Salmonella — a bacteria found in the intestines of people and animals — can cause fever, diarrhea and pure misery. Fortunately, the spread of salmonella is preventable. Identify the major salmonella carriers and do whatever it takes to stop the spread.
In your kitchen, a major source of salmonella is food of animal origin, such as poultry, meat, eggs and dairy products. The bacteria can also be transmitted by unwashed produce items and seafood from contaminated water.
Always make sure foods are cooked thoroughly, and avoid dangerous raw foods: uncooked eggs (homemade cookie dough, Caesar salad dressing), unpasteurized milk and dairy products and undercooked meats (especially ground beef).
Proper refrigeration is also important. The Texas Agricultural Extension Service recommends refrigerating foods at temperatures of 40 degrees Fahrenheit or lower.
Be wary of cross-contamination of foods. Keep uncooked meats separate from cooked food, ready-to-eat food and produce.
Improper hand washing
Salmonella can be transferred to any food — even one that’s been properly cooked — by unwashed hands. Anyone who prepares food must practice good hygiene, such as thoroughly washing hands after going to the bathroom or handling raw foods.
Wash hands before handling food and between handling different foods. A quick rinse won’t suffice: use hot water and soap to kill the bacteria.
Unclean kitchen surfaces
Beyond keeping hands clean, it is imperative that you wash kitchen work surfaces, bowls and utensils immediately after they’ve been in contact with raw meat, poultry, eggs or other potentially contaminated foods.
Use hot soapy water to remove bacteria from counters, refrigerator doors, sinks and faucets. Run dishes and utensils through a hot-water dishwasher cycle or wash in hot soapy water.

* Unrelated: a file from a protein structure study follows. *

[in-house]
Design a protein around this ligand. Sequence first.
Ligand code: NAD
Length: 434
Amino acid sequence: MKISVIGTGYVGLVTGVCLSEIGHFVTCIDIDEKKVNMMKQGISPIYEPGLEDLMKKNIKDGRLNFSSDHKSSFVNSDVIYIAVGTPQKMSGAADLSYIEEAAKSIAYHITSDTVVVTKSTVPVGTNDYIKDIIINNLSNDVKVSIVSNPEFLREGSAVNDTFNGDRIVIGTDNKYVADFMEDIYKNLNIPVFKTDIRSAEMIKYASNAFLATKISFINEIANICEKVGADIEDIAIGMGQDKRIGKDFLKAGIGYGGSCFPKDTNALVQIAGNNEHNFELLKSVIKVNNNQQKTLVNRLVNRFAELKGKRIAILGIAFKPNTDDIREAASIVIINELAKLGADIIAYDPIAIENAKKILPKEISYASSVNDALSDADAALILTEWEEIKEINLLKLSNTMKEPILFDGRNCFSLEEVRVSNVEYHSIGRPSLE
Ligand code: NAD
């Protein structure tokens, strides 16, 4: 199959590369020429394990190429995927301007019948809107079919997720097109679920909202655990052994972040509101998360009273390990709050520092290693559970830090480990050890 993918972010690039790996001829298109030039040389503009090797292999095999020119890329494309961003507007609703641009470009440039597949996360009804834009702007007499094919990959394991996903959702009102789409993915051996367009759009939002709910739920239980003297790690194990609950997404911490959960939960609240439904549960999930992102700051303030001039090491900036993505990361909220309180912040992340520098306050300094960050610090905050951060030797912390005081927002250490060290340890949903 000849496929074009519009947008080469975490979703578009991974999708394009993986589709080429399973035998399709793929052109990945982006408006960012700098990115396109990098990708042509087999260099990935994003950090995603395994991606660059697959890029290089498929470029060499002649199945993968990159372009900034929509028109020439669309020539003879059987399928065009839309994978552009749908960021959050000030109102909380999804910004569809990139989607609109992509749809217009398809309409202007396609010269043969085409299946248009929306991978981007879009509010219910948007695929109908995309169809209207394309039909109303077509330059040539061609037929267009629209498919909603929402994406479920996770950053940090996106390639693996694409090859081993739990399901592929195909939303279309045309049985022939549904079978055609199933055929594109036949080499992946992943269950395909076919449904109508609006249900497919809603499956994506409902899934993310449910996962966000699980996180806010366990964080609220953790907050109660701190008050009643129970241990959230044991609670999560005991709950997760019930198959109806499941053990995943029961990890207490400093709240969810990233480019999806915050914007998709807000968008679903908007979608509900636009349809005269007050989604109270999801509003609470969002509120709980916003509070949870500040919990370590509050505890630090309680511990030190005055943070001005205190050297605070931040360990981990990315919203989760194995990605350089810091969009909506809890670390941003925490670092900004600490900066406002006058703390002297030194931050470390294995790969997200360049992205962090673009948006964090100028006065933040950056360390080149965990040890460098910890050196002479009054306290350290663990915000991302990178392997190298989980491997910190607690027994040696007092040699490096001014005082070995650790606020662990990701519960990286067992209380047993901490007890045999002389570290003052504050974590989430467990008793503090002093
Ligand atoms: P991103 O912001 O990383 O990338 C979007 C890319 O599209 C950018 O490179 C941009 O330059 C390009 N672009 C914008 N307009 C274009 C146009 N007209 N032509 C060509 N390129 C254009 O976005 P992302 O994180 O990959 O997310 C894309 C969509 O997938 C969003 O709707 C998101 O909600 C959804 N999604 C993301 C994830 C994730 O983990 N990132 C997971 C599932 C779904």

Avoid using sponges. A 2011 study by NSF International, a non-profit consumer safety organization, revealed that the kitchen sponge had a higher concentration of germs than any other household item or surface. Opt for disposable wipes, paper towels or cloth dishrags that can be washed in hot water.
Our feathered friends present a particular problem: the salmonella carried in the intestines of birds, chicks and ducklings contaminates the entire surface of the animals’ bodies and their surrounding environment as well. Children can be exposed to salmonella just by holding or petting the animals.
Reptiles are likely to have salmonella, which can contaminate their skin. After handling a reptile, you should immediately and thoroughly wash their hands. The Centers for Disease Control and Prevention recommends removing all reptiles (even turtles) from homes with infants.
Even your favorite furry friends pose a threat. Salmonella may be present in the feces of cats, dogs, hamsters, guinea pigs, mice and other pets. Always wash hands after contact with any animal feces.
Your pet’s “stuff” can cause problems, too. Wash after handling its water bowl, food dish, toys or anything else that comes in contact with body, mouth or feces of your pet.